Here were the walkaways:
- Every object is always mutable
- The dot operator is equivalent to de-referencing by hash
- The new keyword creates an object that class constructors run inside of, thereby imprinting them
- Functions are always closures
- The this keyword is relative to the execution context, not the declaration context (dynamically scoped)
The afternoon session (detailed notes) showed off new features in Rails (v1.1) that support AJAX. In typical Rails fashion, the focus was on reducing the places where programmers have to repeat themselves.
David created a shopping cart app on-the-fly and AJAX enabled it as we watched. The AJAXification was quite easy. What wasn't easy was the new programming model that AJAXification introduces (whether done in Rails or not). For example, since the page is not reloading each time, you have to link the various pieces and update them yourself. With one or two AJAX components, it's not bad, but as the number rises, you get a combinatorial explosion of components that might be dependent on each other.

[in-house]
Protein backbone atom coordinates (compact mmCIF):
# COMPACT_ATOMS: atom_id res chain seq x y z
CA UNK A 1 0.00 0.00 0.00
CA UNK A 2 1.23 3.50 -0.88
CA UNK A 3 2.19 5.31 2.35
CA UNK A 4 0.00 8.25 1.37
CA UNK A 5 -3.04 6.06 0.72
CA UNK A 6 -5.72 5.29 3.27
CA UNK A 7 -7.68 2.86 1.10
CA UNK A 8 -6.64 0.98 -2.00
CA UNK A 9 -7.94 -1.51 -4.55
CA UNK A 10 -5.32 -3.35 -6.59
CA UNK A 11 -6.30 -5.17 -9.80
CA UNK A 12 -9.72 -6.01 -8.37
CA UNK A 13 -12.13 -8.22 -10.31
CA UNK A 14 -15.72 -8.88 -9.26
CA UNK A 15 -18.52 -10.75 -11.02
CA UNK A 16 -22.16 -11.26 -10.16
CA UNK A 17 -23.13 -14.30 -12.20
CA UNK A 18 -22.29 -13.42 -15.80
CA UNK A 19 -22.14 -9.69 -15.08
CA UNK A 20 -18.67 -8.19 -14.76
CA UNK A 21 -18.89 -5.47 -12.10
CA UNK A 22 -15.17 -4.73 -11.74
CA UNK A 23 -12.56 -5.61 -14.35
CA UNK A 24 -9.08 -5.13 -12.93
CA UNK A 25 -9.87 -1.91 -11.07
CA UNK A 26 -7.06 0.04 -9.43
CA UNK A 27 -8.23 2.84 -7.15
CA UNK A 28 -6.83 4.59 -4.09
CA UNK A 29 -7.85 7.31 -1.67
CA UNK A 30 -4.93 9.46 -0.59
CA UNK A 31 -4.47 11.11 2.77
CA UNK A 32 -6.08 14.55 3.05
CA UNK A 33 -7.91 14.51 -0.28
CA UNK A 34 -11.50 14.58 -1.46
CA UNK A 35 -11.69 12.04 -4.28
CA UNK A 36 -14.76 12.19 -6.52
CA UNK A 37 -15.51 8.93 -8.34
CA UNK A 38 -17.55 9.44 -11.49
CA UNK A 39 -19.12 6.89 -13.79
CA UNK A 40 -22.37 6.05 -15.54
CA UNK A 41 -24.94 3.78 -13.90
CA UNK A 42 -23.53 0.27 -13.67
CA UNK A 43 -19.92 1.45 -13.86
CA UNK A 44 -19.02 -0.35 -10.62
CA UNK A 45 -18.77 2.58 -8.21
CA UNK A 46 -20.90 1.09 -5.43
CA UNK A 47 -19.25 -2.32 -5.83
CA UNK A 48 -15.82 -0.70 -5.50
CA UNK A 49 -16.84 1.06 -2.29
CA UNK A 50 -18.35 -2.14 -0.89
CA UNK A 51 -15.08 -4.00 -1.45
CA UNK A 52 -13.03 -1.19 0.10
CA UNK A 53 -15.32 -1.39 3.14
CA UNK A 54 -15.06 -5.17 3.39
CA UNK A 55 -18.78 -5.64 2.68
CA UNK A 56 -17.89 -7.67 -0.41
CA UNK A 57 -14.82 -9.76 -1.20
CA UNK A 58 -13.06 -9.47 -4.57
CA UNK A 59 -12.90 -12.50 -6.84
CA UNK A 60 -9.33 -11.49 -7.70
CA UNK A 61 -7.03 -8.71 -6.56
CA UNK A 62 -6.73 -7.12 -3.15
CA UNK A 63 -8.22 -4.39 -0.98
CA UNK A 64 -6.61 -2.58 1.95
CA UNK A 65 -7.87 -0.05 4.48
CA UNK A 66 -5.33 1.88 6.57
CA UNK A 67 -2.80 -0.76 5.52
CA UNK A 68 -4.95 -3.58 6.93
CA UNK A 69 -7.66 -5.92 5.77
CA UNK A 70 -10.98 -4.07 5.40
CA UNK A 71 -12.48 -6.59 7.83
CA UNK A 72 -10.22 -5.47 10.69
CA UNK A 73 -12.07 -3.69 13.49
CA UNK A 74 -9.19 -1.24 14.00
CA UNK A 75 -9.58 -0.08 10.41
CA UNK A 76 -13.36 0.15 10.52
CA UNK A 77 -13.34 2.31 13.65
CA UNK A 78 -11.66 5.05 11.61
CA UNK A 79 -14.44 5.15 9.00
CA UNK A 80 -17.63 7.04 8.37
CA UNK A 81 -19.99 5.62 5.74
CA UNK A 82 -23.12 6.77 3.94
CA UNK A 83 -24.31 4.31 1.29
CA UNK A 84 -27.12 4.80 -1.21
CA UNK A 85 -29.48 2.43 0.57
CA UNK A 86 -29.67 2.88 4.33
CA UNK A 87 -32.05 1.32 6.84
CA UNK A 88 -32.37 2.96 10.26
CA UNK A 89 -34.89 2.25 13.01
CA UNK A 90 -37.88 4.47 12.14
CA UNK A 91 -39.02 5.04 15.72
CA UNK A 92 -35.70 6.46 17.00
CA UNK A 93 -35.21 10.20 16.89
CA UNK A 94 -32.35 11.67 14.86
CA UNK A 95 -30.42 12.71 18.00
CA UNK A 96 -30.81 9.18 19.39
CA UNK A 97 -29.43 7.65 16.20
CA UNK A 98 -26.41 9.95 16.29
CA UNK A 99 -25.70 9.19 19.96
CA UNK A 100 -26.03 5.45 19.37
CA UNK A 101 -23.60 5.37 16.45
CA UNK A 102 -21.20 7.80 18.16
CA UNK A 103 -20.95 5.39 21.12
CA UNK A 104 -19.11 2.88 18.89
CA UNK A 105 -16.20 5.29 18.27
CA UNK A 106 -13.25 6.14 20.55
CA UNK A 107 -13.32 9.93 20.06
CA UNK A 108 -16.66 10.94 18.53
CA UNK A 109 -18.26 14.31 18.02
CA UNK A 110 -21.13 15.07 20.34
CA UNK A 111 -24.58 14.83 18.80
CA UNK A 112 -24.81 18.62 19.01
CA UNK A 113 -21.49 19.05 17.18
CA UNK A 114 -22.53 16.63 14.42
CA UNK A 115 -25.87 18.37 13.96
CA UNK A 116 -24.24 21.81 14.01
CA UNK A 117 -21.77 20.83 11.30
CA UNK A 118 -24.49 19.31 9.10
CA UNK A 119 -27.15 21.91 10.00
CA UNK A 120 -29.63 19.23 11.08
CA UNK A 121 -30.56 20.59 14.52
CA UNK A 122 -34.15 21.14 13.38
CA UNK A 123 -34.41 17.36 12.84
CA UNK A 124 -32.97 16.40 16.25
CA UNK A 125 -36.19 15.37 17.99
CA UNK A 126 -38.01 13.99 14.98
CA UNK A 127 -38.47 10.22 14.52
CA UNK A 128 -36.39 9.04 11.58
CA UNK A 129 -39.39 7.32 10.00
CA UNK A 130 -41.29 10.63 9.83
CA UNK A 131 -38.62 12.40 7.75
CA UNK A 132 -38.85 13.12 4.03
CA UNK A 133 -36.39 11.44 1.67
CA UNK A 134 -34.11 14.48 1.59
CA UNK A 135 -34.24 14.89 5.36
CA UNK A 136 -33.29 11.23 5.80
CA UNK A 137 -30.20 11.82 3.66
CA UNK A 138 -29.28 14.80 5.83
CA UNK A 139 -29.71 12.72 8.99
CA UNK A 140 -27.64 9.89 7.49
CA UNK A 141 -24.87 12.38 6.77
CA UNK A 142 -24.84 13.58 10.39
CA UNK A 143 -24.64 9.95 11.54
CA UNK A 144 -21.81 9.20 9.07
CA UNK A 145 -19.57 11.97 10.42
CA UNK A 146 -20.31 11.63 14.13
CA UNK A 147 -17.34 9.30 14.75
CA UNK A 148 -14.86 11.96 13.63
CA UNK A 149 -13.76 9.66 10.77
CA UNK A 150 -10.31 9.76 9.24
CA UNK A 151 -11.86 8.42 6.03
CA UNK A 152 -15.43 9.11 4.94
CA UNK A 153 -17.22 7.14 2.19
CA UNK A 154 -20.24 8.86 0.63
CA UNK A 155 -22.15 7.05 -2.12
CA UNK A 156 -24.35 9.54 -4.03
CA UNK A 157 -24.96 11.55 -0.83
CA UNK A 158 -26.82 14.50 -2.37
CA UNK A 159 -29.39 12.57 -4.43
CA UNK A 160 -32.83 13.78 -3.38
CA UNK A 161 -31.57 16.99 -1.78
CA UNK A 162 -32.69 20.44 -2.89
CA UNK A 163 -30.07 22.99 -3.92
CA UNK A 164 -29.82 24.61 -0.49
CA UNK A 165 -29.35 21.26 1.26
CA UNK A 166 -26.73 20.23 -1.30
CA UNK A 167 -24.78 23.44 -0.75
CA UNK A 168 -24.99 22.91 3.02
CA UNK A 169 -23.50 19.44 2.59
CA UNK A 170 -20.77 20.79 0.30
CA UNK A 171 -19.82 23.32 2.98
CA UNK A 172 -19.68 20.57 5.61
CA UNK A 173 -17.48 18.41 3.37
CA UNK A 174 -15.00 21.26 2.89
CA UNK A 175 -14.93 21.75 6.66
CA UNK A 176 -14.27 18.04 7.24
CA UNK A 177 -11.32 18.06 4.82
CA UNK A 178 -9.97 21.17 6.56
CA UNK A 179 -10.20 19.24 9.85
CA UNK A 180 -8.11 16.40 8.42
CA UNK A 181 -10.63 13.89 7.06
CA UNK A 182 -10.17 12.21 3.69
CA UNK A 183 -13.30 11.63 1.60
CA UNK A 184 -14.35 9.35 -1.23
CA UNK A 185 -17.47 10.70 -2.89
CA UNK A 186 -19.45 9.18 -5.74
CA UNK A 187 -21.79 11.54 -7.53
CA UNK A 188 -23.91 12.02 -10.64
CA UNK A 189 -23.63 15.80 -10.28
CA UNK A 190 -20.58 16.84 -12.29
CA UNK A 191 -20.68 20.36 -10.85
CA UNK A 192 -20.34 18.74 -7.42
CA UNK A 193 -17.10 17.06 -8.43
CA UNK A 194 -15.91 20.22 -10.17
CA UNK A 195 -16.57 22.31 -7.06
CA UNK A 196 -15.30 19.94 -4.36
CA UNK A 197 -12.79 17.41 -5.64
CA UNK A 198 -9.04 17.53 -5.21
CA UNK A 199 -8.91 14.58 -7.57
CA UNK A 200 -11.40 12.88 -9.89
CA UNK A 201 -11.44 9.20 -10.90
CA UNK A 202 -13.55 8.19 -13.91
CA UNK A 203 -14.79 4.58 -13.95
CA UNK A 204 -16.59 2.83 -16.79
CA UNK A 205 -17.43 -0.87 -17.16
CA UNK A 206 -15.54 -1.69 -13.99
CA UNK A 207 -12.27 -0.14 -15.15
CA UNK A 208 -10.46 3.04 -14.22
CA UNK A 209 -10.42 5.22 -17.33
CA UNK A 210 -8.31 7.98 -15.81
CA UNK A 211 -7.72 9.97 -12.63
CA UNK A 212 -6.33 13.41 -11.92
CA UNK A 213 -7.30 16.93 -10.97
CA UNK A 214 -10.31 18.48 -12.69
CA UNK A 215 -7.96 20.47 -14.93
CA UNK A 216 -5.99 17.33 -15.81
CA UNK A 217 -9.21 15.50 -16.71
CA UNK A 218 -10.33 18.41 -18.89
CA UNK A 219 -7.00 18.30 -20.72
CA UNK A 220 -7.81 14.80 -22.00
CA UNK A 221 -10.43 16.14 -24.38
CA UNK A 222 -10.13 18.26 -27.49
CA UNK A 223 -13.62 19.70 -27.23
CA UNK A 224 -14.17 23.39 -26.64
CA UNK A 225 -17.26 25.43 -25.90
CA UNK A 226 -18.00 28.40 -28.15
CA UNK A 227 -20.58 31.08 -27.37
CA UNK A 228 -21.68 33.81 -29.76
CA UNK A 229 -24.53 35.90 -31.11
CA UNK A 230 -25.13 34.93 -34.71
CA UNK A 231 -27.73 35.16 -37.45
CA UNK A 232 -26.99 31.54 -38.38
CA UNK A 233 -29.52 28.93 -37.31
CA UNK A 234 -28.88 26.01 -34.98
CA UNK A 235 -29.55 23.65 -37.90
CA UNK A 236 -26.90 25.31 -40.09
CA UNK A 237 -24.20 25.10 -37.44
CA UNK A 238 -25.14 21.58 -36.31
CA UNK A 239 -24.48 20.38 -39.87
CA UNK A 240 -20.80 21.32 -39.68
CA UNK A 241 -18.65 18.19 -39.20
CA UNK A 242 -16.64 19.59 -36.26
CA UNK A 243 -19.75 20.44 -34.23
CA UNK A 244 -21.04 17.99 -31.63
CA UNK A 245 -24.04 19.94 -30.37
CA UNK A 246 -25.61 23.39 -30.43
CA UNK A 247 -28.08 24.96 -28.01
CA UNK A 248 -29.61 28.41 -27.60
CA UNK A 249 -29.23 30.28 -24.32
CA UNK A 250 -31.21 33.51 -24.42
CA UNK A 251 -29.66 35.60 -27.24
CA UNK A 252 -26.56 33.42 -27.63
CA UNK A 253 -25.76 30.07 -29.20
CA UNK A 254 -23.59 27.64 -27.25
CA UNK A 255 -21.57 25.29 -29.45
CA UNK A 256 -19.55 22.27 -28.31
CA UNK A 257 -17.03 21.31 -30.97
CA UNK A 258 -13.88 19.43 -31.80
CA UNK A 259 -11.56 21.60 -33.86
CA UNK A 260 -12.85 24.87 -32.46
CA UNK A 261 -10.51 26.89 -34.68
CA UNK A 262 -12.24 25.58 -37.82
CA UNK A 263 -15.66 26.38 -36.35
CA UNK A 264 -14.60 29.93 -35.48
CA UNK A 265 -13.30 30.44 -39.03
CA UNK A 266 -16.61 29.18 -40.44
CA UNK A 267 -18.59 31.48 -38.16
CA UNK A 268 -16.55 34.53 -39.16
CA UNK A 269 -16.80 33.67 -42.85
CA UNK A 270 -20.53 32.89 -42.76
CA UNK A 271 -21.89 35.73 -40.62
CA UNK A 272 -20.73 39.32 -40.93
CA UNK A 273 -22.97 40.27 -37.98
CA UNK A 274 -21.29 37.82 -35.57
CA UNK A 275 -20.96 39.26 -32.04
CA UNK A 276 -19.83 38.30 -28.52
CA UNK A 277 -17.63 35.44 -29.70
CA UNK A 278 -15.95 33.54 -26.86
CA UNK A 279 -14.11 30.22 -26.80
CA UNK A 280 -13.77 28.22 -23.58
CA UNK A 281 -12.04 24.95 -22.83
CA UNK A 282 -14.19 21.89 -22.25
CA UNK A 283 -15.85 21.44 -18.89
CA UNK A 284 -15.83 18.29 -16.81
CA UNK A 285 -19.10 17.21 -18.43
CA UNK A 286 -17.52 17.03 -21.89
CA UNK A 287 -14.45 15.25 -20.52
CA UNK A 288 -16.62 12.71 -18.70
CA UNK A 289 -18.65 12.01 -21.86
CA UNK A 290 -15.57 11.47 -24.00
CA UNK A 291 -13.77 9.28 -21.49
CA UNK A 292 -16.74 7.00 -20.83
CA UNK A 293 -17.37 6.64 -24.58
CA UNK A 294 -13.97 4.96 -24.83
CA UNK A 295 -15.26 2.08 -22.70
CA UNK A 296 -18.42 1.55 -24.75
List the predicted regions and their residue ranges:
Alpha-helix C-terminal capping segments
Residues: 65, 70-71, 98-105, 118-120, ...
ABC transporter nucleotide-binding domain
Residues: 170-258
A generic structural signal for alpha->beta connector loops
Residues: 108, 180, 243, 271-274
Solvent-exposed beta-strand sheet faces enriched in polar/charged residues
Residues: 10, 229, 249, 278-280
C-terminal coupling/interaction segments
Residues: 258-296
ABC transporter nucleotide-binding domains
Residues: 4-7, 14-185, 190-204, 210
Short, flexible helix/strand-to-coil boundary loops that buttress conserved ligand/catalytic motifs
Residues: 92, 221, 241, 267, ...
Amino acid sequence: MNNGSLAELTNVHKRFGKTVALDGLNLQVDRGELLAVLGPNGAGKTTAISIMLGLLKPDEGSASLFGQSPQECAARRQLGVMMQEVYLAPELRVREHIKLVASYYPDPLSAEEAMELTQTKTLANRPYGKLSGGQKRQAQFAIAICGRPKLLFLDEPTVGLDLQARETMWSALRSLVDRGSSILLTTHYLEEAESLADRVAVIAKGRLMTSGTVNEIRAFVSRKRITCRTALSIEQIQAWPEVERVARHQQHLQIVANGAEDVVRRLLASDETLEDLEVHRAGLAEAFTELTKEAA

I liked these tutorials because they were soothing. Soothing in the sense that I found myself believing that rich Web-based clients weren't the purview of magicians or teams of programmers, but that this technology could find its way onto the Web--and soon.